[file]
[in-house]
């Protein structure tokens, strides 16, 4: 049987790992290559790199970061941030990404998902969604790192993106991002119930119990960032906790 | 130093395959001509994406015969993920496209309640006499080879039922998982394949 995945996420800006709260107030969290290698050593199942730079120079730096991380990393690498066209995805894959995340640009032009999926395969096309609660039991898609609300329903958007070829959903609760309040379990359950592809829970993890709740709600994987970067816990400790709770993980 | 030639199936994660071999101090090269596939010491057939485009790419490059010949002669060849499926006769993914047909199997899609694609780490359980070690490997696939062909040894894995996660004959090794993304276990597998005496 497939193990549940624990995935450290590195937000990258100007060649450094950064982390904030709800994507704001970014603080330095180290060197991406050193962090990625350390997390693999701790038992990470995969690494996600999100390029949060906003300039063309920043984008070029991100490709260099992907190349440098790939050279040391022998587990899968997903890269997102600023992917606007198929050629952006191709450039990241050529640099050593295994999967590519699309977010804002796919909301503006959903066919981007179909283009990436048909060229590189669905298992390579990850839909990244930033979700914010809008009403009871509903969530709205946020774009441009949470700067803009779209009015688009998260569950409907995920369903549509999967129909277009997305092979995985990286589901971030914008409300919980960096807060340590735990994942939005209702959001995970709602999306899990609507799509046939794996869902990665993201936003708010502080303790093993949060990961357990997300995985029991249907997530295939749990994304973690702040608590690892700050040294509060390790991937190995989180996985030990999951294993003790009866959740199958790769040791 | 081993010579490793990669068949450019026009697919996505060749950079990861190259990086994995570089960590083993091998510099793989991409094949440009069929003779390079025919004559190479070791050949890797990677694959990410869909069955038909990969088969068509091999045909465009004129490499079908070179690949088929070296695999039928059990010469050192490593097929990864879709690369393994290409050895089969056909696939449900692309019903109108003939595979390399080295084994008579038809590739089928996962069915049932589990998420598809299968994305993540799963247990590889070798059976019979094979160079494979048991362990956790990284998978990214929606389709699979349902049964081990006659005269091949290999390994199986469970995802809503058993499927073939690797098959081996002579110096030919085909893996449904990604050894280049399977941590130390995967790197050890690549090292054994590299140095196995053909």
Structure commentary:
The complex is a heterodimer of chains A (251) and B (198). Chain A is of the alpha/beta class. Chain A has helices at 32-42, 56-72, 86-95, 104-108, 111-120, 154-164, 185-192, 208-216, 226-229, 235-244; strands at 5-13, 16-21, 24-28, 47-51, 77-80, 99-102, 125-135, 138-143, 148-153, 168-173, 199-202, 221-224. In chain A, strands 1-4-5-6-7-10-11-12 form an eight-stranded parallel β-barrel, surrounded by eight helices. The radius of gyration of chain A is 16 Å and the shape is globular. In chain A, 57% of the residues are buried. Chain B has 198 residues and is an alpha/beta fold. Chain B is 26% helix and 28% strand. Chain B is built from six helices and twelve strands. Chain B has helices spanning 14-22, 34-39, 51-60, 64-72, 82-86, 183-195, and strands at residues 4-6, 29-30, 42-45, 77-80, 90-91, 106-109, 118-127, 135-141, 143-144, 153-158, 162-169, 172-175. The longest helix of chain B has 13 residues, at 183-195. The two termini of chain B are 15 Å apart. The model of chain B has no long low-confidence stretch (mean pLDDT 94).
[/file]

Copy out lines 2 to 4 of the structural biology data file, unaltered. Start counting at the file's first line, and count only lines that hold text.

């Protein structure tokens, strides 16, 4: 049987790992290559790199970061941030990404998902969604790192993106991002119930119990960032906790 | 130093395959001509994406015969993920496209309640006499080879039922998982394949 995945996420800006709260107030969290290698050593199942730079120079730096991380990393690498066209995805894959995340640009032009999926395969096309609660039991898609609300329903958007070829959903609760309040379990359950592809829970993890709740709600994987970067816990400790709770993980 | 030639199936994660071999101090090269596939010491057939485009790419490059010949002669060849499926006769993914047909199997899609694609780490359980070690490997696939062909040894894995996660004959090794993304276990597998005496 497939193990549940624990995935450290590195937000990258100007060649450094950064982390904030709800994507704001970014603080330095180290060197991406050193962090990625350390997390693999701790038992990470995969690494996600999100390029949060906003300039063309920043984008070029991100490709260099992907190349440098790939050279040391022998587990899968997903890269997102600023992917606007198929050629952006191709450039990241050529640099050593295994999967590519699309977010804002796919909301503006959903066919981007179909283009990436048909060229590189669905298992390579990850839909990244930033979700914010809008009403009871509903969530709205946020774009441009949470700067803009779209009015688009998260569950409907995920369903549509999967129909277009997305092979995985990286589901971030914008409300919980960096807060340590735990994942939005209702959001995970709602999306899990609507799509046939794996869902990665993201936003708010502080303790093993949060990961357990997300995985029991249907997530295939749990994304973690702040608590690892700050040294509060390790991937190995989180996985030990999951294993003790009866959740199958790769040791 | 081993010579490793990669068949450019026009697919996505060749950079990861190259990086994995570089960590083993091998510099793989991409094949440009069929003779390079025919004559190479070791050949890797990677694959990410869909069955038909990969088969068509091999045909465009004129490499079908070179690949088929070296695999039928059990010469050192490593097929990864879709690369393994290409050895089969056909696939449900692309019903109108003939595979390399080295084994008579038809590739089928996962069915049932589990998420598809299968994305993540799963247990590889070798059976019979094979160079494979048991362990956790990284998978990214929606389709699979349902049964081990006659005269091949290999390994199986469970995802809503058993499927073939690797098959081996002579110096030919085909893996449904990604050894280049399977941590130390995967790197050890690549090292054994590299140095196995053909």
Structure commentary:
The complex is a heterodimer of chains A (251) and B (198). Chain A is of the alpha/beta class. Chain A has helices at 32-42, 56-72, 86-95, 104-108, 111-120, 154-164, 185-192, 208-216, 226-229, 235-244; strands at 5-13, 16-21, 24-28, 47-51, 77-80, 99-102, 125-135, 138-143, 148-153, 168-173, 199-202, 221-224. In chain A, strands 1-4-5-6-7-10-11-12 form an eight-stranded parallel β-barrel, surrounded by eight helices. The radius of gyration of chain A is 16 Å and the shape is globular. In chain A, 57% of the residues are buried. Chain B has 198 residues and is an alpha/beta fold. Chain B is 26% helix and 28% strand. Chain B is built from six helices and twelve strands. Chain B has helices spanning 14-22, 34-39, 51-60, 64-72, 82-86, 183-195, and strands at residues 4-6, 29-30, 42-45, 77-80, 90-91, 106-109, 118-127, 135-141, 143-144, 153-158, 162-169, 172-175. The longest helix of chain B has 13 residues, at 183-195. The two termini of chain B are 15 Å apart. The model of chain B has no long low-confidence stretch (mean pLDDT 94).